A very rare opportunity to take a peek into North Korea…

Martin’s Grade: A-

I don’t like to politicize my reviews and try not to. I have found that in practically every land there are amazingly good films–regardless of the political situation. Take such films as Majid Majidi which managed to transcend nations and ideologies. So, if you are willing to be open-minded and look, you can find good everywhere, in my opinion. However, this is a difficult proposition in the case of North Korea. They don’t seem to be exporting their media and there simply is almost no opportunity to look into their culture to see what the nation is like.  There simply is almost nothing going in or out of this isolated nation and it’s been this way for a long time.  However, back about a decade ago, a few small glimpses occurred and A State of Mind is one of them.* Like it or not, for now this is all we seem to have from which we can learn about this nation and its people. And, because of that reason alone, I think it’s well worth seeing.

A State of Mind is a film which was made by a British production company. They were invited to the nation to follow several girls as they prepared for the ‘Mass Games.’ These games are ENORMOUS pageants in which many days of mass parades and performances are done to honor their leader. Some of these HUGE spectacles have required 80,000 people and millions of man-hours according to the film!! The devotion and energy of the participants is difficult to imagine in our Western cultures and I would never imagine folks I know joining in a similar massive celebration in which the individual is sublimated to the glory of the State. It’s just so very foreign–and this is what makes the film hard to stop watching. It is almost like looking onto an alien culture–and this is NOT meant as a criticism at all.


What I liked best is that the narrators didn’t over-narrate or opine about the nation. Instead, they mostly just showed the people and let them talk. Now I might have liked to have heard about the restrictions placed on the filmmakers–such as where they could and couldn’t visit and questions they could or could not ask. But, this is really not all that important–what IS important is that it gives you a glimpse of what is going on in North Korea. See it and learn.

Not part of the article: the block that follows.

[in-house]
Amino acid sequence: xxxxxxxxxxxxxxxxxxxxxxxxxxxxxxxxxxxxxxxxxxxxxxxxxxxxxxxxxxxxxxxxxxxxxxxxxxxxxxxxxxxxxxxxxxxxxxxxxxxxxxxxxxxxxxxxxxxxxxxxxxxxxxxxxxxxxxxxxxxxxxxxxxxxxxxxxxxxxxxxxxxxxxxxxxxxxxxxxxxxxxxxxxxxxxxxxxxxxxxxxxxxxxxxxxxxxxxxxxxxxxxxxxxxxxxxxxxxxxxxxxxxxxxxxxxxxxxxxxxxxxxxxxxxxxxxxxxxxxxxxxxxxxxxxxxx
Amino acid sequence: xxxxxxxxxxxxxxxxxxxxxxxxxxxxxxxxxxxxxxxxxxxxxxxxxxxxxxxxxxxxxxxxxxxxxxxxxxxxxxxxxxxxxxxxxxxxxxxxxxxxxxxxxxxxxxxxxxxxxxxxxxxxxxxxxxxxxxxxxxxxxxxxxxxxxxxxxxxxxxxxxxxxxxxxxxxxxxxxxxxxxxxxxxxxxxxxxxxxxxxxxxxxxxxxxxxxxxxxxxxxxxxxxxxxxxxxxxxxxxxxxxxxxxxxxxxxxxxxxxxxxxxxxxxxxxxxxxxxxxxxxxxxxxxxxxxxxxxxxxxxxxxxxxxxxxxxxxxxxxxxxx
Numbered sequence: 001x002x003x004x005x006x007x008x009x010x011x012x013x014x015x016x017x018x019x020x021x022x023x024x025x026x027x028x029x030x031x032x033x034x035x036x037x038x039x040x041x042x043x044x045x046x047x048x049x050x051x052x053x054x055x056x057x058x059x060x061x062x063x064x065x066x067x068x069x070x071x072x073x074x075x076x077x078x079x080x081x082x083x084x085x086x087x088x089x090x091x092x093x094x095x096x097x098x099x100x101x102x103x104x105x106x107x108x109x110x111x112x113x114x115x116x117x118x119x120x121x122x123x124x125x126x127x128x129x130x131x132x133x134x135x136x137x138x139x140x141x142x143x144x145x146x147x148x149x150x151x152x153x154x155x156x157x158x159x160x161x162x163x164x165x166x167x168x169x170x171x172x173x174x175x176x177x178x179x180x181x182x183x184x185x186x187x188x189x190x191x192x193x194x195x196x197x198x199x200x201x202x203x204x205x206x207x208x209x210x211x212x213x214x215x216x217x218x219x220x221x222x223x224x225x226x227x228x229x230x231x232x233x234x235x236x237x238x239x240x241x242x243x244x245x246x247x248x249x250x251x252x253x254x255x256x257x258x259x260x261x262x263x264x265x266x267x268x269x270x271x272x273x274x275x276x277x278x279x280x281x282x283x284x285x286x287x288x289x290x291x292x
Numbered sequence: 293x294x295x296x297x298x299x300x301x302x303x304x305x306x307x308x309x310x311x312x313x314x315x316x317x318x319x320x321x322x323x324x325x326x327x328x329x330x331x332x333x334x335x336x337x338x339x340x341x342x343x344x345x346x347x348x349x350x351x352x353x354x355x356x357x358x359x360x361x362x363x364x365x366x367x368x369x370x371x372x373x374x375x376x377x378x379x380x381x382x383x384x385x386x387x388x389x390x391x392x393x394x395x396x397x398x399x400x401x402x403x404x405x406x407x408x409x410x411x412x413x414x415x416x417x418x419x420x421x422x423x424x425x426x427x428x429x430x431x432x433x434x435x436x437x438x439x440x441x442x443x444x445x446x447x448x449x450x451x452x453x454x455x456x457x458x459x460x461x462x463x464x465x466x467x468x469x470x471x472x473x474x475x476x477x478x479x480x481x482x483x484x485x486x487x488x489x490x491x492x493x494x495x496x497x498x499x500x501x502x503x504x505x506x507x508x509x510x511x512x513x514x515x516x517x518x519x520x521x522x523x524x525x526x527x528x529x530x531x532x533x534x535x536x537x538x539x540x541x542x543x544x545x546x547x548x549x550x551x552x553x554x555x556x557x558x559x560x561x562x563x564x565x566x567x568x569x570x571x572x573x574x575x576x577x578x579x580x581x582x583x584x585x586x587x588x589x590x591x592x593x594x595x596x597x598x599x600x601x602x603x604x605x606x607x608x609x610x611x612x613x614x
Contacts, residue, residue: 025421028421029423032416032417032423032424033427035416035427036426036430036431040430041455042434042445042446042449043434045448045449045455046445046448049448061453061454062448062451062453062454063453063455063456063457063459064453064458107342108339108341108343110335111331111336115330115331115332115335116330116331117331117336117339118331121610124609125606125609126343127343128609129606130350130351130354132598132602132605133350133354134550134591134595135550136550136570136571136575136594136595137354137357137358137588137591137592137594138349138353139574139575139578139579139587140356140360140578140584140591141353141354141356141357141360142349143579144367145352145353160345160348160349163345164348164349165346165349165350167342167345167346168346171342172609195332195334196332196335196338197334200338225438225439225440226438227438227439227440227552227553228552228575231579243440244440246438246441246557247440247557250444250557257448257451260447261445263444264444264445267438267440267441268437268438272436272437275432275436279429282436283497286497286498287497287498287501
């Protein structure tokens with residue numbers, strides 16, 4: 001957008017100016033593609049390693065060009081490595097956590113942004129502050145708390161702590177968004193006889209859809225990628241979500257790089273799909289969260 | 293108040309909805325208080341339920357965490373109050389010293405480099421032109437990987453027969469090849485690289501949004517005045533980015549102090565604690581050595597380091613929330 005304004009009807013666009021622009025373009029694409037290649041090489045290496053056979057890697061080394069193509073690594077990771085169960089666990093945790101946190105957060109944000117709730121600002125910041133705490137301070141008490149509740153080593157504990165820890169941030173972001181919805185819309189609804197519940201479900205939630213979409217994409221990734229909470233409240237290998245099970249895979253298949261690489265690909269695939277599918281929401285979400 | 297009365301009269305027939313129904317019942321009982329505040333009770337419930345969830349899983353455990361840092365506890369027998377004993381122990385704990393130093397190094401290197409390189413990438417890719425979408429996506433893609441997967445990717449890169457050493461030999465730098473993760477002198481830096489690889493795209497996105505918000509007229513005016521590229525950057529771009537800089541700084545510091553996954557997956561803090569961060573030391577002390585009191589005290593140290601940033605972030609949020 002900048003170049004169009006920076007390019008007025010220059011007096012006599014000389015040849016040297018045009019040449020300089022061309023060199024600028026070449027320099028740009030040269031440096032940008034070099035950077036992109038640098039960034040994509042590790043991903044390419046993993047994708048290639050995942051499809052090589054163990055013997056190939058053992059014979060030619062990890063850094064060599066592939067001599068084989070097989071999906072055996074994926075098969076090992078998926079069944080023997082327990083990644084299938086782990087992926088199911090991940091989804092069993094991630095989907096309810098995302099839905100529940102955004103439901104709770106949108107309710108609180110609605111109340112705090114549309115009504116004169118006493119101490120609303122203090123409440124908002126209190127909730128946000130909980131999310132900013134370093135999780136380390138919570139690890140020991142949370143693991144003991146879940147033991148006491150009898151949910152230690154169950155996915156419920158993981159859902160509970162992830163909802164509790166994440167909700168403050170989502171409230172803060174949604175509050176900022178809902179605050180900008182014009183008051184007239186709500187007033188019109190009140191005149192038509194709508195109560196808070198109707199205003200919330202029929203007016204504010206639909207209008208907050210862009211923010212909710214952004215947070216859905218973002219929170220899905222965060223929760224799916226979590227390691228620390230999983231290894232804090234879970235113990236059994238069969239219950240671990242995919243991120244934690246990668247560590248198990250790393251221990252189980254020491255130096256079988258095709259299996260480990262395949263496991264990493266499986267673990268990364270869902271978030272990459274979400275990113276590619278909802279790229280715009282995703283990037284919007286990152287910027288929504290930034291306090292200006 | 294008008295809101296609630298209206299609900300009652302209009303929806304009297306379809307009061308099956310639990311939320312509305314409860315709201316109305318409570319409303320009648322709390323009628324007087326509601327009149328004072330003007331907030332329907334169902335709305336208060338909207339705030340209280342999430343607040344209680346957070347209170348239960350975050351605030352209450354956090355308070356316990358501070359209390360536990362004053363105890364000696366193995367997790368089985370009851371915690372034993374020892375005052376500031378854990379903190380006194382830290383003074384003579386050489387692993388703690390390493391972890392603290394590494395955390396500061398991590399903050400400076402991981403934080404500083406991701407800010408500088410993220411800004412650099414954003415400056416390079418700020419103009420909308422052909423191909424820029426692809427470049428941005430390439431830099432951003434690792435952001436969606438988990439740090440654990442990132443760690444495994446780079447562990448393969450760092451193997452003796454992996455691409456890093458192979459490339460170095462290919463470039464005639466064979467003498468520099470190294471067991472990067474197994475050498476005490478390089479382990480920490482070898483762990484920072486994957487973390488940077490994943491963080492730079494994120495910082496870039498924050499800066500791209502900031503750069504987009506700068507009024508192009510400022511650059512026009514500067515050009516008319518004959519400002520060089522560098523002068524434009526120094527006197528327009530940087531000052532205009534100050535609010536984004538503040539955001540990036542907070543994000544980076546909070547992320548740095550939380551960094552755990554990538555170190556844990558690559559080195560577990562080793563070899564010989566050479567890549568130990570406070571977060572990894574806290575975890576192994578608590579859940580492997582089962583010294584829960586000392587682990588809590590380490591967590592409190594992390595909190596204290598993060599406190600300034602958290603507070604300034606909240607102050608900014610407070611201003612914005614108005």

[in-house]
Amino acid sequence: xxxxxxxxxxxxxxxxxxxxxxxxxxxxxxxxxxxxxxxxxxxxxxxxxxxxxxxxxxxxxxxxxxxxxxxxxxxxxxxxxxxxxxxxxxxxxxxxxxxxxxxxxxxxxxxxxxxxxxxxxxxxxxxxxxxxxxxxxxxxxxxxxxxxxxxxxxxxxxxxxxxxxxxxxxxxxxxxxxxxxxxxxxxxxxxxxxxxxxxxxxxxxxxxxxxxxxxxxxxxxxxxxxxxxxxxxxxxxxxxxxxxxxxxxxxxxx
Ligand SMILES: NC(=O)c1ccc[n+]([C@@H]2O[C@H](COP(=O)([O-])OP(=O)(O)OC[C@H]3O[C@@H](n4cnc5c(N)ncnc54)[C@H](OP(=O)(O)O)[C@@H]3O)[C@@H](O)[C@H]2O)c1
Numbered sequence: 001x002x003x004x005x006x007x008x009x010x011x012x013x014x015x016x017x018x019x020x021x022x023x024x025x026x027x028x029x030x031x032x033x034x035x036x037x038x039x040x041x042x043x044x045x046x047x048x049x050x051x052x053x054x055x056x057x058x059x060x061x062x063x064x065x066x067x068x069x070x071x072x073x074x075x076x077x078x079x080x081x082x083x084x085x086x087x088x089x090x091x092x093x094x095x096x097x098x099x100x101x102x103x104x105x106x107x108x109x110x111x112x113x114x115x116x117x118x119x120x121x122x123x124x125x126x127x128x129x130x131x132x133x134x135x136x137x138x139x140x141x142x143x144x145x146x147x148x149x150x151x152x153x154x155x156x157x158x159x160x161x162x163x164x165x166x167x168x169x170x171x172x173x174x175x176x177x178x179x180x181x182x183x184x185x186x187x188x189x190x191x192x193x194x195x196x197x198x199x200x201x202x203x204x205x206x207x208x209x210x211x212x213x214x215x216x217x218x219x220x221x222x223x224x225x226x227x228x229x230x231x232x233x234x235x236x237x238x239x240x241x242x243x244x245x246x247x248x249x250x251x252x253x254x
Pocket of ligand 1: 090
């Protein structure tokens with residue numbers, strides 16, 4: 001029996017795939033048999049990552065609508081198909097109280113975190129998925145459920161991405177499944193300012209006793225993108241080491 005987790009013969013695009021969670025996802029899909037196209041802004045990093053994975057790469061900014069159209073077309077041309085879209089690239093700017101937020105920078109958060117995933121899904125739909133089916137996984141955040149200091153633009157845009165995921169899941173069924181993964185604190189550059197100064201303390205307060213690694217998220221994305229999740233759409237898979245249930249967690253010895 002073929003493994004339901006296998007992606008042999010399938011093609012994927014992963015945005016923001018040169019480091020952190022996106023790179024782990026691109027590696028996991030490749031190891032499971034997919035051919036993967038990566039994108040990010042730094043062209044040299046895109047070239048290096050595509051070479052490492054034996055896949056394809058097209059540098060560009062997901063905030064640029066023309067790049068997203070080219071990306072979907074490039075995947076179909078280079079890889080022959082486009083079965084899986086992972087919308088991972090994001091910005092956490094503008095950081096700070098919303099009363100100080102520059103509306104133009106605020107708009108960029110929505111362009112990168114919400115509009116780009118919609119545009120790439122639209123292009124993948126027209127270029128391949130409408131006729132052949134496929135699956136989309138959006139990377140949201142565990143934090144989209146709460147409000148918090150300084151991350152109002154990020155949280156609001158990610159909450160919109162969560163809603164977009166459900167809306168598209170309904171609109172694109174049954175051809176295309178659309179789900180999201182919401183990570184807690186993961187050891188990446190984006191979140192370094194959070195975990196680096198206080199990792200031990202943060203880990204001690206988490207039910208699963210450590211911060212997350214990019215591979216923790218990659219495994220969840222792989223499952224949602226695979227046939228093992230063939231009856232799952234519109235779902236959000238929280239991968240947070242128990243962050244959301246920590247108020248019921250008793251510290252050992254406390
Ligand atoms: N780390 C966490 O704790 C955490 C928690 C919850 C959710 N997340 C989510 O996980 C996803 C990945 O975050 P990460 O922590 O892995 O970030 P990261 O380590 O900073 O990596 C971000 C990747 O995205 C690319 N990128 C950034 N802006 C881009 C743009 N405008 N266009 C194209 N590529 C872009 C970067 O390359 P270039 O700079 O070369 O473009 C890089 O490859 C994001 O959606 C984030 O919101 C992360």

By the way, the reason I didn’t score this one a bit higher is that I do think that perhaps TOO MUCH of the parading was shown. It became tiresome to watch the girls practicing again and again and again and again for months. However, even this was interesting in a way–imagine how this was for these thousands and thousands of kids who did this! Wow…

*Another documentary filmed in North Korea by Western filmmakers was National Geographic’s Inside North Korea–about a group of doctors who came to the country to perform free eye surgery for many blind North Koreans. It is fascinating–perhaps more so than A State of Mind as the now sighted folks were NOT shown thanking their doctors when their bandages were removed but immediately ran to a poster of their leader, Kim Il Sung and began crying hysterically–thanking HIM for the restoration of their sight.  It was truly eye-opening, in more ways than one.

by Martin Hafer